Sunday, February 13, 2011

NAHBS and The Badger

I'm going to dip my bloggery toes into the world of mountain biking for a couple of minutes. brrrr-r-r!  Barin sent me this link. It's a mildly interesting interview. Until the last question.  Hail, The Badger!


Wow, the NAHBS interviews are just pouring in here…it’s hard to keep up. Today’s interview is with John Caletti of Caletti Cycles in Santa Cruz, CA. He despises integrated seatmasts. He’d rather catch a crocodile than fight Erik Noren and, well, I don’t want to spoil the rest of the interview for you…
11 NAHBS-Related Questions:
BR: Are your plans for NAHBS a secret, or can you tell us a little bit about what you’re showing?
JC: Not a secret, but I don’t plan to post any pictures of the bikes before the show. I’m bringing a geared 29er mountain bike with a Fox fork, and one piece titanium bar/stem; an oversize-tubed road bike with carbon fork and SRAM Red group; and a straight-ahead, working (wo)man’s cyclocross bike with steel fork and Rival group. Those bikes represent a good sample of the bikes I put out regularly, and for something a bit unusual I have a fun and utilitarian townie with curved top tube, one-piece bar/stem, disc brakes, internally geared hub and belt drive.
BR: What about the booth, anything extra-special-crazy in the booth department?
JC: Yes, me. I’ll be getting crazier by the day as I answer the same 3 questions about belt drive bikes.
BR: What do you see as the hot trend at NAHBS this year?
JC: NAHBS IS the hot trend. A bunch of other smaller handmade bike shows have started up in recent time and people are paying more attention, which is great. I’m hoping we are getting over the hump of art project bikes getting all the press, and that the riders out there notice all the superb “regular” bikes at the show and look for the builders of their next bikes.
BR: What is the lamest frame building trend ever?
JC: The super tall seat tubes (a.k.a. “seatmasts”) don’t make much sense.
BR: What is the most challenging or horrible thing you’ve had to do as a frame builder.
JC: Deciphering and filling out some of those tax/government documents I seem to get from time to time.
BR: What is your favorite type of bike to build?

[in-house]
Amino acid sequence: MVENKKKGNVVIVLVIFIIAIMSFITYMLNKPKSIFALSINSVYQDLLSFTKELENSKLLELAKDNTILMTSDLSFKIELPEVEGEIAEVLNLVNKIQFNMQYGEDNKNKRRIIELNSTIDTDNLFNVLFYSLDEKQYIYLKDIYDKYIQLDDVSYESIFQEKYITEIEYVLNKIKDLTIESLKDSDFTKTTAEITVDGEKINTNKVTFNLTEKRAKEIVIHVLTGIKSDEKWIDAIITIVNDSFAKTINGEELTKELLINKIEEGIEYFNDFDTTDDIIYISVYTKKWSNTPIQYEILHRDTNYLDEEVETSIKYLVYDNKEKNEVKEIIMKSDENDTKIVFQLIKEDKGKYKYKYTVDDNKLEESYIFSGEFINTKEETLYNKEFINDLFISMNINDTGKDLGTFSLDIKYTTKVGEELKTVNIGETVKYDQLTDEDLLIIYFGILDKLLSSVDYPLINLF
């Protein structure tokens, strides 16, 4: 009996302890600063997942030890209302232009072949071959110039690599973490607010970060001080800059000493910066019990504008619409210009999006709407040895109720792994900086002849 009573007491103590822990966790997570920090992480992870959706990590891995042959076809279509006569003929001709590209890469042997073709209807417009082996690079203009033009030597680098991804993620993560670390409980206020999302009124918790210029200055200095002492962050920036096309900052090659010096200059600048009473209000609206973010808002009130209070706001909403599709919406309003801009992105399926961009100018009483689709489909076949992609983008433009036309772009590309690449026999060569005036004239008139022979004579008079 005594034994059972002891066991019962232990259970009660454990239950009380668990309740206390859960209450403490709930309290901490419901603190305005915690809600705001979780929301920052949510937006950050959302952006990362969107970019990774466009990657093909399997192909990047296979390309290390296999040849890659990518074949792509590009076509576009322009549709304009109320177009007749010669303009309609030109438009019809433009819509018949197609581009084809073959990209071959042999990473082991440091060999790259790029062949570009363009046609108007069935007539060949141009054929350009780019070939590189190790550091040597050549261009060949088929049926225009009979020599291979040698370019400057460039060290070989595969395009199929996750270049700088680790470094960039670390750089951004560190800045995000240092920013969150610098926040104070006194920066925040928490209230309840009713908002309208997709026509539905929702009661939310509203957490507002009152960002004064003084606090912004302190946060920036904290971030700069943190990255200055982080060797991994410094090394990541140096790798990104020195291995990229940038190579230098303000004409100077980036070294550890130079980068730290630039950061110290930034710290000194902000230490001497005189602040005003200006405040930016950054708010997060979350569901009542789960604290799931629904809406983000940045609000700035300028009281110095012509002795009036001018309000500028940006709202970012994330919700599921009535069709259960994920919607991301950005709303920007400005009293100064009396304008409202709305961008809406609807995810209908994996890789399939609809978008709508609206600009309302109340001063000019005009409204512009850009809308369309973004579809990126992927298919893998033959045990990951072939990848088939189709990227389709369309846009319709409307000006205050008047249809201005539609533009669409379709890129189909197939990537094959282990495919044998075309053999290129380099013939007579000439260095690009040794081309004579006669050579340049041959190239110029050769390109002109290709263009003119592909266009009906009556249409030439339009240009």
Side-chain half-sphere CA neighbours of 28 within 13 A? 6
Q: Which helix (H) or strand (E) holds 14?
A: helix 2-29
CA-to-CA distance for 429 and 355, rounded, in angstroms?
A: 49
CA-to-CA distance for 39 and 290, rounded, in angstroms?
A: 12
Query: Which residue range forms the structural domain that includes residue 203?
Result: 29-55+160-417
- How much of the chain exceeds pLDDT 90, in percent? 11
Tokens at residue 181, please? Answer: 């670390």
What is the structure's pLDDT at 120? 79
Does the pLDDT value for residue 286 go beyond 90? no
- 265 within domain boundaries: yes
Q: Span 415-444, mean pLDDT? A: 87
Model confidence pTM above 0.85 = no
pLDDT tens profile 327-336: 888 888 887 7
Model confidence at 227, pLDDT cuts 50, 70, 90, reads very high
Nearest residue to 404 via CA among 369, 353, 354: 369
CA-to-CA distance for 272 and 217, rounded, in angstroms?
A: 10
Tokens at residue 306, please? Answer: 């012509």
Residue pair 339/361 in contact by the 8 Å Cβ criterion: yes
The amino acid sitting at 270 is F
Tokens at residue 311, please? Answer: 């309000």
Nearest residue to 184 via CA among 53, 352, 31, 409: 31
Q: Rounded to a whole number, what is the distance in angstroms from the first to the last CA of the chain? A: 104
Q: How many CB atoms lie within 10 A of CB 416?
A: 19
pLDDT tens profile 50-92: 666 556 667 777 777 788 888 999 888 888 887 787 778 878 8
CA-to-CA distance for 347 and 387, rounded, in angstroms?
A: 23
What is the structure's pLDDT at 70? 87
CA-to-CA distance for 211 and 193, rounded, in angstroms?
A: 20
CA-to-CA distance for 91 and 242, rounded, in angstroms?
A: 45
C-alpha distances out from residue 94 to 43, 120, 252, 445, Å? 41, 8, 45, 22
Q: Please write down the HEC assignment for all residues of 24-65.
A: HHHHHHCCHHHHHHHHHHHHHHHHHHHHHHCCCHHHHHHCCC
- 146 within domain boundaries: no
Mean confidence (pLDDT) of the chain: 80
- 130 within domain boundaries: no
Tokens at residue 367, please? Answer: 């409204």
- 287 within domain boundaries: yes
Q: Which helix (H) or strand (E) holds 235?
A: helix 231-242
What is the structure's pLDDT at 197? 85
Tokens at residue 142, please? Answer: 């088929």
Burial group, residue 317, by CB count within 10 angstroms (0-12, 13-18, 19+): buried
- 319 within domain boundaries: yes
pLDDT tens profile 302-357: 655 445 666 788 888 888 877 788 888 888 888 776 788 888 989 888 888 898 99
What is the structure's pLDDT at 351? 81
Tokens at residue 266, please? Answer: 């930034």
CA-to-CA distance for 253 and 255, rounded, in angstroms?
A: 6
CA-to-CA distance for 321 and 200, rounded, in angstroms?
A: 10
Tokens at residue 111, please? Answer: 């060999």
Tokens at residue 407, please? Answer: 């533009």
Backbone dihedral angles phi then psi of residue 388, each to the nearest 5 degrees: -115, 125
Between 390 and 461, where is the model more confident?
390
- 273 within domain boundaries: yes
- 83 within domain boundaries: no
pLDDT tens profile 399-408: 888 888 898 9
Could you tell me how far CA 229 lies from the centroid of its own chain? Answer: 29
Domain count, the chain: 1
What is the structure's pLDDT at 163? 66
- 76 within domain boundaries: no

JC: One that the rider/customer is really excited about, one I know will add to their enjoyment of the sport – doesn’t matter if that’s a road, mountain, or cross bike.
BR: As a frame builder is there anything you absolutely will not to? Like a not-without-a-gun-to-my-head type thing?
JC: No tandems or recumbents – gun or not.
BR: Sum up your entire bicycle building philosophy in one word or less. Kidding. How about three words?
JC: Sensible, performance, personal
BR: If you weren’t building bikes, what would you be doing?
JC: Maybe be one of those guys who catches crocodiles in the back yards of Florida to release them into the wild.
BR: Who is your bike-building idol? Who do you look up to?
JC: I have a great deal of respect and admiration for a lot of builders, but in particular Dario Pegoretti, Carl Strong and Steve Potts. These guys are not only amazing at their craft, but great guys as well.

BR: This one is important. Of the people showing at NAHBS, who is the last frame builder you would ever want to fight? Like physically.
JC: Well, even though last year Sacha White brought his entourage and a box of brass knuckles, I think I’d have to go with Erik Noren of Peacock Groove – he’s got the intensity of a badger!


Anonymous said...

"The pride of the peacock is the glory of God."
--William Blake


Gunnar Berg said...

Not many really good badger poems are there? I wonder why that is.

Noren said...

badgers have killed all who have written a poem about them.This is a known fact!

Anonymous said...

there's an incredible poem by John Clare titled "Badger." He was well qualified to write it, as two of his primary characteristics were an acute interest in, and sympathy for, wildness in all forms--as well as the fact that he himself was crazy as a badger, and spent most of his life in asylum. The first few lines are:

When midnight comes a host of dogs and men
Go out and track the badger to his den,
And put a sack within the hole, and lie
Till the old grunting badger passes by.

You can google the rest. It's at once a celebration and elegy for the badger. It's Clare's best poem.


Gunnar Berg said...